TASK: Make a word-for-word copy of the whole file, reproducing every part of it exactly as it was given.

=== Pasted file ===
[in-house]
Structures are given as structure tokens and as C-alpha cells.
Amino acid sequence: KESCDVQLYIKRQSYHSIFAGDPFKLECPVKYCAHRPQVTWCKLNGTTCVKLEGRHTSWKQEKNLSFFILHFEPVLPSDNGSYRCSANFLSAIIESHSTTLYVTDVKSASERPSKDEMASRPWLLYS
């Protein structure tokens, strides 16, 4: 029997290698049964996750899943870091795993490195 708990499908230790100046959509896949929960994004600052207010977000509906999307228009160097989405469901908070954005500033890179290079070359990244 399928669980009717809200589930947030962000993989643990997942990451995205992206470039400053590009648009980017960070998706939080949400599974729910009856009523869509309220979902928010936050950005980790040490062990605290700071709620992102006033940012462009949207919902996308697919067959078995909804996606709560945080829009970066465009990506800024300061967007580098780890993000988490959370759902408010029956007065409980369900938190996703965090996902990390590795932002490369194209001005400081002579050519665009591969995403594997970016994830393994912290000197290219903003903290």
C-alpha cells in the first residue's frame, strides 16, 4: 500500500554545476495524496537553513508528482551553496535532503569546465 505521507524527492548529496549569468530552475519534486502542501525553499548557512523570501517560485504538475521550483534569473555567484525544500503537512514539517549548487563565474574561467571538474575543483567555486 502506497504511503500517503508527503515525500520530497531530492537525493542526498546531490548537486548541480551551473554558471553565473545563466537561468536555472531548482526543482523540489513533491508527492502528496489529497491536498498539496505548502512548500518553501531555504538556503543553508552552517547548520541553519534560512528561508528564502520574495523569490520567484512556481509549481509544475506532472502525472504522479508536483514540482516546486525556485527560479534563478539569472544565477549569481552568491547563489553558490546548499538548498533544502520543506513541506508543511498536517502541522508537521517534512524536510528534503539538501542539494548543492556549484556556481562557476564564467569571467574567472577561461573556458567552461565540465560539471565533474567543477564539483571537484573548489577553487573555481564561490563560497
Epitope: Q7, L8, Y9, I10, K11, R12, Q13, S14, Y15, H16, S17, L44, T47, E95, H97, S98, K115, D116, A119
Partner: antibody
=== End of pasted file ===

[in-house]
Structures are given as structure tokens and as C-alpha cells.
Amino acid sequence: KESCDVQLYIKRQSYHSIFAGDPFKLECPVKYCAHRPQVTWCKLNGTTCVKLEGRHTSWKQEKNLSFFILHFEPVLPSDNGSYRCSANFLSAIIESHSTTLYVTDVKSASERPSKDEMASRPWLLYS
């Protein structure tokens, strides 16, 4: 029997290698049964996750899943870091795993490195 708990499908230790100046959509896949929960994004600052207010977000509906999307228009160097989405469901908070954005500033890179290079070359990244 399928669980009717809200589930947030962000993989643990997942990451995205992206470039400053590009648009980017960070998706939080949400599974729910009856009523869509309220979902928010936050950005980790040490062990605290700071709620992102006033940012462009949207919902996308697919067959078995909804996606709560945080829009970066465009990506800024300061967007580098780890993000988490959370759902408010029956007065409980369900938190996703965090996902990390590795932002490369194209001005400081002579050519665009591969995403594997970016994830393994912290000197290219903003903290």
C-alpha cells in the first residue's frame, strides 16, 4: 500500500554545476495524496537553513508528482551553496535532503569546465 505521507524527492548529496549569468530552475519534486502542501525553499548557512523570501517560485504538475521550483534569473555567484525544500503537512514539517549548487563565474574561467571538474575543483567555486 502506497504511503500517503508527503515525500520530497531530492537525493542526498546531490548537486548541480551551473554558471553565473545563466537561468536555472531548482526543482523540489513533491508527492502528496489529497491536498498539496505548502512548500518553501531555504538556503543553508552552517547548520541553519534560512528561508528564502520574495523569490520567484512556481509549481509544475506532472502525472504522479508536483514540482516546486525556485527560479534563478539569472544565477549569481552568491547563489553558490546548499538548498533544502520543506513541506508543511498536517502541522508537521517534512524536510528534503539538501542539494548543492556549484556556481562557476564564467569571467574567472577561461573556458567552461565540465560539471565533474567543477564539483571537484573548489577553487573555481564561490563560497
Epitope: Q7, L8, Y9, I10, K11, R12, Q13, S14, Y15, H16, S17, L44, T47, E95, H97, S98, K115, D116, A119
Partner: antibody